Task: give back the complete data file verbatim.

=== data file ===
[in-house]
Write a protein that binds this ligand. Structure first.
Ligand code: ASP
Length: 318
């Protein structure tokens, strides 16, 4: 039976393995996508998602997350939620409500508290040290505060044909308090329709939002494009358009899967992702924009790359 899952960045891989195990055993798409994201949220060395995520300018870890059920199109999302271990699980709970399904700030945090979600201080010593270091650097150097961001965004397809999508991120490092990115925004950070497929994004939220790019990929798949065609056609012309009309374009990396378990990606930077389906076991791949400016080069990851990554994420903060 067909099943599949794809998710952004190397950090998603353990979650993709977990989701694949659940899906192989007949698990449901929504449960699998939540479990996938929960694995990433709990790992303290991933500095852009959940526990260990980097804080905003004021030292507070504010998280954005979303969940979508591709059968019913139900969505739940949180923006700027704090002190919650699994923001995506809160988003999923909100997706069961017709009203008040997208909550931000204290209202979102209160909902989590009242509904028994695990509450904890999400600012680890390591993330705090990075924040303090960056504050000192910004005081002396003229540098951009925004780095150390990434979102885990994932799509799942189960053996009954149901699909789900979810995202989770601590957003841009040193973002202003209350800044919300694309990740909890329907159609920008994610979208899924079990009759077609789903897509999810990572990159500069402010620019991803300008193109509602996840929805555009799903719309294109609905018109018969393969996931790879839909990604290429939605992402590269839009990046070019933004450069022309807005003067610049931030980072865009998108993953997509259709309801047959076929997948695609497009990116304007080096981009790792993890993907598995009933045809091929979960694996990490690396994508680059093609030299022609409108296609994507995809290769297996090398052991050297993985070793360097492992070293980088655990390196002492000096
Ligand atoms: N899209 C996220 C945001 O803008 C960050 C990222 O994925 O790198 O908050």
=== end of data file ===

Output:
[in-house]
Write a protein that binds this ligand. Structure first.
Ligand code: ASP
Length: 318
């Protein structure tokens, strides 16, 4: 039976393995996508998602997350939620409500508290040290505060044909308090329709939002494009358009899967992702924009790359 899952960045891989195990055993798409994201949220060395995520300018870890059920199109999302271990699980709970399904700030945090979600201080010593270091650097150097961001965004397809999508991120490092990115925004950070497929994004939220790019990929798949065609056609012309009309374009990396378990990606930077389906076991791949400016080069990851990554994420903060 067909099943599949794809998710952004190397950090998603353990979650993709977990989701694949659940899906192989007949698990449901929504449960699998939540479990996938929960694995990433709990790992303290991933500095852009959940526990260990980097804080905003004021030292507070504010998280954005979303969940979508591709059968019913139900969505739940949180923006700027704090002190919650699994923001995506809160988003999923909100997706069961017709009203008040997208909550931000204290209202979102209160909902989590009242509904028994695990509450904890999400600012680890390591993330705090990075924040303090960056504050000192910004005081002396003229540098951009925004780095150390990434979102885990994932799509799942189960053996009954149901699909789900979810995202989770601590957003841009040193973002202003209350800044919300694309990740909890329907159609920008994610979208899924079990009759077609789903897509999810990572990159500069402010620019991803300008193109509602996840929805555009799903719309294109609905018109018969393969996931790879839909990604290429939605992402590269839009990046070019933004450069022309807005003067610049931030980072865009998108993953997509259709309801047959076929997948695609497009990116304007080096981009790792993890993907598995009933045809091929979960694996990490690396994508680059093609030299022609409108296609994507995809290769297996090398052991050297993985070793360097492992070293980088655990390196002492000096
Ligand atoms: N899209 C996220 C945001 O803008 C960050 C990222 O994925 O790198 O908050």